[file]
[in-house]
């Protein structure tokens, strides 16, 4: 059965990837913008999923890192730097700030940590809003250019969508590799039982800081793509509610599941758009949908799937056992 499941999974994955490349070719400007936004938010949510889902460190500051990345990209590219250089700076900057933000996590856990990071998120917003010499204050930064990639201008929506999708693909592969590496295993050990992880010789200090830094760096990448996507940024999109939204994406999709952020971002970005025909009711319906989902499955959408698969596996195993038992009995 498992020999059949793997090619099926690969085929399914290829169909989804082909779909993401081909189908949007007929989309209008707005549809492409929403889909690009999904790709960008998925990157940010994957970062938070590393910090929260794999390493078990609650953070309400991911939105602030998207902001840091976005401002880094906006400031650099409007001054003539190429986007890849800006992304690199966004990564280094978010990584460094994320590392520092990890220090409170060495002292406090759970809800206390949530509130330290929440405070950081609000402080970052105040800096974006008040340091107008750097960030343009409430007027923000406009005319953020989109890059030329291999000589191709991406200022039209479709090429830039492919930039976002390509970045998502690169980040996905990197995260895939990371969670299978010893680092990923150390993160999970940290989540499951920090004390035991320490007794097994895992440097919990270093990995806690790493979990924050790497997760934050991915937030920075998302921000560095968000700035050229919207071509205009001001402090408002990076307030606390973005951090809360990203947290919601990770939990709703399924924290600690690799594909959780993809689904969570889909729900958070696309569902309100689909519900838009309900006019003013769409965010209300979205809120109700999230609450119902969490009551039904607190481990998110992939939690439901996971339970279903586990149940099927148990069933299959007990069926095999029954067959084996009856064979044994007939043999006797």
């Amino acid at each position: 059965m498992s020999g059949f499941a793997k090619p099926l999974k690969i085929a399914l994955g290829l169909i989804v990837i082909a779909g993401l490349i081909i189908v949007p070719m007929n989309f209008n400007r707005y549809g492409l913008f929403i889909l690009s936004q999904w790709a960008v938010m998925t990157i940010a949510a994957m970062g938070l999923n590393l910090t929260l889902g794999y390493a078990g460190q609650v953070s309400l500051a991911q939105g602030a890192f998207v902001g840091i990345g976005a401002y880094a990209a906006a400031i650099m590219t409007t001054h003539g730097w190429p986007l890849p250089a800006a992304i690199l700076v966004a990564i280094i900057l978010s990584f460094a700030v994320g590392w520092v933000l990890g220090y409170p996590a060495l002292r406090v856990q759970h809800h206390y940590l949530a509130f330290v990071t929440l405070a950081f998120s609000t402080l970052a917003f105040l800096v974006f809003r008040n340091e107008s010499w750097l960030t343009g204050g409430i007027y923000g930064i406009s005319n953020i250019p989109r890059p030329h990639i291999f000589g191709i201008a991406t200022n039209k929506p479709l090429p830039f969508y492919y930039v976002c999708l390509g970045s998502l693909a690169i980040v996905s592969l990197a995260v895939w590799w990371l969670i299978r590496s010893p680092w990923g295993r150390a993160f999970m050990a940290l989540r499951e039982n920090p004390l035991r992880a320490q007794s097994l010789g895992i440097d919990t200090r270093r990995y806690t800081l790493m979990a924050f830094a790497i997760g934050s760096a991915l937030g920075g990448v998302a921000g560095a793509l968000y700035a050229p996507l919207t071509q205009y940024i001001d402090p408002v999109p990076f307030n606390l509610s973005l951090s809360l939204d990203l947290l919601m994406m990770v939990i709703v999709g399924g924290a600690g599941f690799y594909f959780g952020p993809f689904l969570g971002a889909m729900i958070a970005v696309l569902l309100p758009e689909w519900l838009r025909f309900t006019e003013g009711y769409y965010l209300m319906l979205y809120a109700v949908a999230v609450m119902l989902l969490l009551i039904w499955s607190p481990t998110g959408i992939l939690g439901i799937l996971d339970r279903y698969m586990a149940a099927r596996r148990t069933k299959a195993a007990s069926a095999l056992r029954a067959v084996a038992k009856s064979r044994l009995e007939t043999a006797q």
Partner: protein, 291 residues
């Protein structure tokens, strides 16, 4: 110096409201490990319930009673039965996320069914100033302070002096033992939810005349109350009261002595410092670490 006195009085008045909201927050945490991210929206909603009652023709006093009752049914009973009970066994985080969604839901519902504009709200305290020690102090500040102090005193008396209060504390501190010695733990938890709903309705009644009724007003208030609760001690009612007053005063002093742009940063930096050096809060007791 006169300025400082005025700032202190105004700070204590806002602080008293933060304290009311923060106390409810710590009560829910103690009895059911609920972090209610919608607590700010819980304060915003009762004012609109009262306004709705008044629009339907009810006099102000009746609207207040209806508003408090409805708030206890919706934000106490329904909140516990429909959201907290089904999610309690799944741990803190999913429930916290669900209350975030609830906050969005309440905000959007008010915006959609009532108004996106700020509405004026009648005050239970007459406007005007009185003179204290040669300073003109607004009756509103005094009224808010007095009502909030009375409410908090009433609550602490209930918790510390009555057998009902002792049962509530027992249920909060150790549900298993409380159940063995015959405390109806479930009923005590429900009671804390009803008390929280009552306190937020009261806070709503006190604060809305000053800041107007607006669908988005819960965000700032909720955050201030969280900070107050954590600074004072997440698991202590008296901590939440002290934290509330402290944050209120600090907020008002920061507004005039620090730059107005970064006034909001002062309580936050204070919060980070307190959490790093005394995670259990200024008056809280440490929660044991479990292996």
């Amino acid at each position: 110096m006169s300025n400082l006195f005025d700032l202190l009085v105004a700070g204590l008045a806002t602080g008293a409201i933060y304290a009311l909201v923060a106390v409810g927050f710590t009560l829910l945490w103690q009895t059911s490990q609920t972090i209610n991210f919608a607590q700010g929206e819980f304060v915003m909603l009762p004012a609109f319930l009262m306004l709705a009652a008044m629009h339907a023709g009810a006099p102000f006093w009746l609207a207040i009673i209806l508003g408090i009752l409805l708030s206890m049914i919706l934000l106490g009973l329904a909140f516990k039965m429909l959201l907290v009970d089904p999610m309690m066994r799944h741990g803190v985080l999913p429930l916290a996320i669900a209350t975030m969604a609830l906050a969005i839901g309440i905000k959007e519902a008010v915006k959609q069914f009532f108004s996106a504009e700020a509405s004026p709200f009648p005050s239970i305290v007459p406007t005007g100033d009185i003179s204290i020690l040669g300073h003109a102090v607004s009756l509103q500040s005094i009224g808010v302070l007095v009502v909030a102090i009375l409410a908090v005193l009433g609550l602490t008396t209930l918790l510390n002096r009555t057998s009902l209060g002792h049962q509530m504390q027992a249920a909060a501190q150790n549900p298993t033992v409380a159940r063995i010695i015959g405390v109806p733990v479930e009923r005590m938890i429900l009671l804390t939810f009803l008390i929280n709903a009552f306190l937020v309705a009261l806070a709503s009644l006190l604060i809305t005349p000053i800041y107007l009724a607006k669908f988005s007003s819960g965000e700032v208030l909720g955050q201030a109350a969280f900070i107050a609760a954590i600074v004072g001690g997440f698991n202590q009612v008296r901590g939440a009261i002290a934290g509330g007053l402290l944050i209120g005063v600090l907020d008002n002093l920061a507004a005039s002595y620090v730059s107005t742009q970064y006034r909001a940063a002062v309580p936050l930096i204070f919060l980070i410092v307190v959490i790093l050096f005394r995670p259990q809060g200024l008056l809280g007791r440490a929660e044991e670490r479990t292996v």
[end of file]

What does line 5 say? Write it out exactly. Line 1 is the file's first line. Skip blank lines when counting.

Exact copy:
């Protein structure tokens, strides 16, 4: 110096409201490990319930009673039965996320069914100033302070002096033992939810005349109350009261002595410092670490 006195009085008045909201927050945490991210929206909603009652023709006093009752049914009973009970066994985080969604839901519902504009709200305290020690102090500040102090005193008396209060504390501190010695733990938890709903309705009644009724007003208030609760001690009612007053005063002093742009940063930096050096809060007791 006169300025400082005025700032202190105004700070204590806002602080008293933060304290009311923060106390409810710590009560829910103690009895059911609920972090209610919608607590700010819980304060915003009762004012609109009262306004709705008044629009339907009810006099102000009746609207207040209806508003408090409805708030206890919706934000106490329904909140516990429909959201907290089904999610309690799944741990803190999913429930916290669900209350975030609830906050969005309440905000959007008010915006959609009532108004996106700020509405004026009648005050239970007459406007005007009185003179204290040669300073003109607004009756509103005094009224808010007095009502909030009375409410908090009433609550602490209930918790510390009555057998009902002792049962509530027992249920909060150790549900298993409380159940063995015959405390109806479930009923005590429900009671804390009803008390929280009552306190937020009261806070709503006190604060809305000053800041107007607006669908988005819960965000700032909720955050201030969280900070107050954590600074004072997440698991202590008296901590939440002290934290509330402290944050209120600090907020008002920061507004005039620090730059107005970064006034909001002062309580936050204070919060980070307190959490790093005394995670259990200024008056809280440490929660044991479990292996």